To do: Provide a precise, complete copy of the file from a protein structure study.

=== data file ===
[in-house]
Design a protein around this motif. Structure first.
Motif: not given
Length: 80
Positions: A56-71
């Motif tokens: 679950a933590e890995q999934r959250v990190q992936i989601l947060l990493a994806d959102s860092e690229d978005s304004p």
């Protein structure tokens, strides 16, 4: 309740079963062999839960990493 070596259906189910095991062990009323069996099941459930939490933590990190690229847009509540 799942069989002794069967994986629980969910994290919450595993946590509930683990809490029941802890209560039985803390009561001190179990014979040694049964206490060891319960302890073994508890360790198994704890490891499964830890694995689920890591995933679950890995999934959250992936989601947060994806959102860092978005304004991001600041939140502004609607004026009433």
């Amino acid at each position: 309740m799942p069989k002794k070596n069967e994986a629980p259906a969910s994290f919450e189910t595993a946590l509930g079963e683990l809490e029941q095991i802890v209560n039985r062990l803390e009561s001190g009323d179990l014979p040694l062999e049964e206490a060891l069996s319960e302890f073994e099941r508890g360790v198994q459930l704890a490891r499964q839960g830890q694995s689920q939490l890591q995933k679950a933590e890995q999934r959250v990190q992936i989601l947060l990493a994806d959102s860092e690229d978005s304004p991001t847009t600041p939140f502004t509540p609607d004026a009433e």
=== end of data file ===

[in-house]
Design a protein around this motif. Structure first.
Motif: not given
Length: 80
Positions: A56-71
């Motif tokens: 679950a933590e890995q999934r959250v990190q992936i989601l947060l990493a994806d959102s860092e690229d978005s304004p």
């Protein structure tokens, strides 16, 4: 309740079963062999839960990493 070596259906189910095991062990009323069996099941459930939490933590990190690229847009509540 799942069989002794069967994986629980969910994290919450595993946590509930683990809490029941802890209560039985803390009561001190179990014979040694049964206490060891319960302890073994508890360790198994704890490891499964830890694995689920890591995933679950890995999934959250992936989601947060994806959102860092978005304004991001600041939140502004609607004026009433």
């Amino acid at each position: 309740m799942p069989k002794k070596n069967e994986a629980p259906a969910s994290f919450e189910t595993a946590l509930g079963e683990l809490e029941q095991i802890v209560n039985r062990l803390e009561s001190g009323d179990l014979p040694l062999e049964e206490a060891l069996s319960e302890f073994e099941r508890g360790v198994q459930l704890a490891r499964q839960g830890q694995s689920q939490l890591q995933k679950a933590e890995q999934r959250v990190q992936i989601l947060l990493a994806d959102s860092e690229d978005s304004p991001t847009t600041p939140f502004t509540p609607d004026a009433e």